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Mosquito and Vector Control FAQs

1.  What is a vector?

San Bernardino County Code states, "'Vector' means any animal capable of transmitting the causative agent of human disease or capable of producing human discomfort or injury, including, but not limited to, mosquitoes, flies, fleas, ticks, mites, and rats, but not including any domesticated animal." View What is a Vector?

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2.  Why is there a Vector Control benefit assessment on my tax bill?

The annual assessment pays for vector control services provided in your community. These services include surveillance for diseases and control of insects and animals that can cause human illness.

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3.  What is West Nile virus?

West Nile virus is a virus commonly found in Africa, West Asia and the Middle East. It is closely related to the virus that causes St. Louis encephalitis. West Nile virus can infect humans, birds, mosquitoes, horses and some other mammals.

For more information visit or Centers for Disease Control West Nile Virus. View California Surveillance and Facts About West Nile Virus.

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4.  How do people get West Nile virus?

West Nile virus is typically spread to humans by the bite of an infected mosquito. View California Surveillance and Facts About West Nile Virus.

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5.  What are the symptoms of West Nile virus?

Most people who are bitten by a mosquito with West Nile virus will not get sick. Some individuals will experience headache, high fever and neck stiffness. In less than 1 percent of individuals, symptoms can be more severe, including coma, tremors, convulsions, muscle weakness and paralysis. View California Surveillance and Facts About West Nile Virus.

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6.  What can I do to protect myself from West Nile virus?

Avoid activity outside when mosquitoes are most active, especially at dawn and dusk. When outdoors, wear long pants, long sleeve shirts and other protective clothing.

Apply insect repellant according to label instructions.

Make sure that doors and windows have tight fitting screens. Repair or replace screens that have tears or holes.

Eliminate all sources of standing water that can support mosquito breeding. View California Surveillance and Facts About West Nile Virus.

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7.  Which mosquito repellent works best?

The most effective repellents use DEET. Products containing DEET are safe when used according to label directions. These products have been approved by the federal Environmental Protection Agency after undergoing rigorous testing. View California Surveillance and Facts About West Nile Virus.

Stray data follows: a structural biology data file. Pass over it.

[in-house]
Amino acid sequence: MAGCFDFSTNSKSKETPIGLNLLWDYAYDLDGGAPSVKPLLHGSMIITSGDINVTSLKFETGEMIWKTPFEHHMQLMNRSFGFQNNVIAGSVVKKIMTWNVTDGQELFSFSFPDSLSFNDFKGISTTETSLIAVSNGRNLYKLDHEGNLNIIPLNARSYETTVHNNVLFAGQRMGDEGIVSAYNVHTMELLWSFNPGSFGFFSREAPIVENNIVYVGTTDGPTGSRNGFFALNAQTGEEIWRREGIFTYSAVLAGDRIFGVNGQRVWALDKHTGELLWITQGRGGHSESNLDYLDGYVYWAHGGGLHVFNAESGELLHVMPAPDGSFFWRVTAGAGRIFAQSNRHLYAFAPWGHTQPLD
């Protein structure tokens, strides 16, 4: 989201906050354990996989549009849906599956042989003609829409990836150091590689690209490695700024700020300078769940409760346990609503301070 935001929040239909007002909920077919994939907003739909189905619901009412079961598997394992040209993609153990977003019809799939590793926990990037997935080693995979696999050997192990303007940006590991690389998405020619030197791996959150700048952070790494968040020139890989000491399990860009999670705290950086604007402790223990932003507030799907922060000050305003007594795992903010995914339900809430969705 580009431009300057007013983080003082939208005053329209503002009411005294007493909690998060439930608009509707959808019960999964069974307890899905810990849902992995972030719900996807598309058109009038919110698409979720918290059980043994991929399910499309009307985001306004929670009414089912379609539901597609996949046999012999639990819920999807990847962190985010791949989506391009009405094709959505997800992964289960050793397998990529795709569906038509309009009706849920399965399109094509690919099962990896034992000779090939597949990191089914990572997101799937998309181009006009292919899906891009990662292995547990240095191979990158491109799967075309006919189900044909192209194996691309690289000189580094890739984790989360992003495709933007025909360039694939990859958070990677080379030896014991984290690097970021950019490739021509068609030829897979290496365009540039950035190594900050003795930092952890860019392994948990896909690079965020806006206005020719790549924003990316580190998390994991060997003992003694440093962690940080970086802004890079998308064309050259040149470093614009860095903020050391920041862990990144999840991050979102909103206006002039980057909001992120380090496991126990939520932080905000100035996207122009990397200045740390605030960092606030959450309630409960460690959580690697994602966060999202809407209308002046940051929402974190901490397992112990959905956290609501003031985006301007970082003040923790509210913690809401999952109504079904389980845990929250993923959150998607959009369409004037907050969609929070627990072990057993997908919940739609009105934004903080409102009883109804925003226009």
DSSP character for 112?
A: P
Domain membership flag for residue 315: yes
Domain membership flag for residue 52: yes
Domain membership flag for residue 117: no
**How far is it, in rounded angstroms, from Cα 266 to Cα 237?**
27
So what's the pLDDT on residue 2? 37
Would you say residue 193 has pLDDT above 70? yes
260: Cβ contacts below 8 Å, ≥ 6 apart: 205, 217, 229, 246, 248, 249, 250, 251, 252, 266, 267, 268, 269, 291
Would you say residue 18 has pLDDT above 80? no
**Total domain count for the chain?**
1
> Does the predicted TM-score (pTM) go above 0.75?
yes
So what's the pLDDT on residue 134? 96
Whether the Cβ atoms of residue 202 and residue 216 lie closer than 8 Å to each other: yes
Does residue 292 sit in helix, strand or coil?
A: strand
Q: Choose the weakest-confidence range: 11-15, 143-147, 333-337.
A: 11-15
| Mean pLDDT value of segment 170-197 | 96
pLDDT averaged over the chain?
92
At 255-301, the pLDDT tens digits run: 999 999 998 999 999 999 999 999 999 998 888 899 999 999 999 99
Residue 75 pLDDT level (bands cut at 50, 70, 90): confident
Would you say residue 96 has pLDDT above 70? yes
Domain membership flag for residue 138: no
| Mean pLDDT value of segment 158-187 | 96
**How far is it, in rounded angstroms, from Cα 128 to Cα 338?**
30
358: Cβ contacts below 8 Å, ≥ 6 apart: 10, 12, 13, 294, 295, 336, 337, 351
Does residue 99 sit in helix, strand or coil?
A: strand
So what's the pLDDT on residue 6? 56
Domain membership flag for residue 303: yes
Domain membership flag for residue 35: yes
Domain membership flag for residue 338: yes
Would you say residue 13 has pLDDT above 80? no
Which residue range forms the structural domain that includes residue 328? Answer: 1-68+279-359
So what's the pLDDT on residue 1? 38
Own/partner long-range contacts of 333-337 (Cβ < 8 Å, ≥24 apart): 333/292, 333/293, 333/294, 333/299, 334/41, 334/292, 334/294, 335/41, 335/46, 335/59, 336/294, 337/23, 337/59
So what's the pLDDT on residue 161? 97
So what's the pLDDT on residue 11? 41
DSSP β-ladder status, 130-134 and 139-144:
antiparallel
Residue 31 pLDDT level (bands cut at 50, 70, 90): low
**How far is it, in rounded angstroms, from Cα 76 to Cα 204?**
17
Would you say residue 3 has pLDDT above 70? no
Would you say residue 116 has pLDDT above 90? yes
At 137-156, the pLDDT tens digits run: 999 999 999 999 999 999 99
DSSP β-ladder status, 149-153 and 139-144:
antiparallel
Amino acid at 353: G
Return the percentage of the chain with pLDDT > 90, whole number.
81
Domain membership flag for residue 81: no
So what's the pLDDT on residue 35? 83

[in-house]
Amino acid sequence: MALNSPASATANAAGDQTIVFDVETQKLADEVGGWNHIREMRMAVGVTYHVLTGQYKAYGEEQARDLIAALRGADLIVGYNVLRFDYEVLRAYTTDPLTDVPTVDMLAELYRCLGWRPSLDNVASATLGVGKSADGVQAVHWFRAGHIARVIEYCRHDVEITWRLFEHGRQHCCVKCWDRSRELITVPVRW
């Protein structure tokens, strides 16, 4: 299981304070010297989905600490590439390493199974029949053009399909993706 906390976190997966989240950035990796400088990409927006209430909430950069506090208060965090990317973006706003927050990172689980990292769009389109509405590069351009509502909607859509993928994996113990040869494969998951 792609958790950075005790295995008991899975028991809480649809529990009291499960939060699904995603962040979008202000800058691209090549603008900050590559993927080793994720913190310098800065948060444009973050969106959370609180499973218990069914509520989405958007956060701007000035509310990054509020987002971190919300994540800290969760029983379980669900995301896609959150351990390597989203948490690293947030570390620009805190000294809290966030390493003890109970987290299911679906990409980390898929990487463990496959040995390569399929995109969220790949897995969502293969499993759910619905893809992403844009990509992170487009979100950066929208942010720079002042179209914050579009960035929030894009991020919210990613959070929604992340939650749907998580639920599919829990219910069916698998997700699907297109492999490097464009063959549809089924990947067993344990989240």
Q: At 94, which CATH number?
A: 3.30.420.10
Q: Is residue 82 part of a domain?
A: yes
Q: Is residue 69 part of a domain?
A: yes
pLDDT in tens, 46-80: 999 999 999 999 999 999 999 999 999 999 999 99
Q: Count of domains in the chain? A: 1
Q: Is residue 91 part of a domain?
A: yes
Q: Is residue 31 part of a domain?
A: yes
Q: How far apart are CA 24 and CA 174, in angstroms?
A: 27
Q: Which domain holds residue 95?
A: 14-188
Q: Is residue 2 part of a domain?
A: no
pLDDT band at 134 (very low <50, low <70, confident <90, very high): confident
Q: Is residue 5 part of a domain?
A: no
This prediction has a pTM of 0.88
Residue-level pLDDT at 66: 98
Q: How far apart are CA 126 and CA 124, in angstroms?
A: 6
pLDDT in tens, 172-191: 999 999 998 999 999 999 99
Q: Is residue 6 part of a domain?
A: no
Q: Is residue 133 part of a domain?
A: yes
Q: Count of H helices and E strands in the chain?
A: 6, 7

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8.  Does San Bernardino County Vector Control Program have an action plan when West Nile Virus reaches San Bernardino County?

In the event that San Bernardino County or the California Department of Health Services declares emergency conditions, SBCVCP will take emergency control measures to prevent the spread of West Nile Virus (WNV) and other mosquito-borne diseases. View 2003 Comprehensive West Nile Virus Surveillance and Control Plan.

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9.  What can I do to avoid a mosquito infestation on my property?

There are many different types of mosquitoes in San Bernardino County and each of them needs standing water to complete its life cycle. You can protect yourself from mosquito bites and the diseases these insects carry (encephalitis and malaria) by eliminating water sources on your property. Keep roof gutters and drainage ditches clean, change bird baths and animal troughs every week, store boats upside down or cover them tightly, and store tires in a covered area. Also, if you have ornamental ponds and decorative pools, contact our office to find out where mosquito fish can be purchased in San Bernardino County. Call (909) 388-4600 for more information. View What is a Vector?

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10.  How can I discourage rats from nesting on my property?

In San Bernardino County, the roof rat is the species which lives in our residential areas, mostly under piles of wood and debris, in garages, attics, and storage areas. Keep wood piles, lumber and household items neatly stacked at least 18 inches above the ground and away from walls and fences. Clean up and haul away junk and debris and trim trees, bushes, and vines at least four feet away from your roof. Pet food, fruit trees, open trash cans and vegetable gardens initially attract rats; then they find shelter. View What is a Vector?

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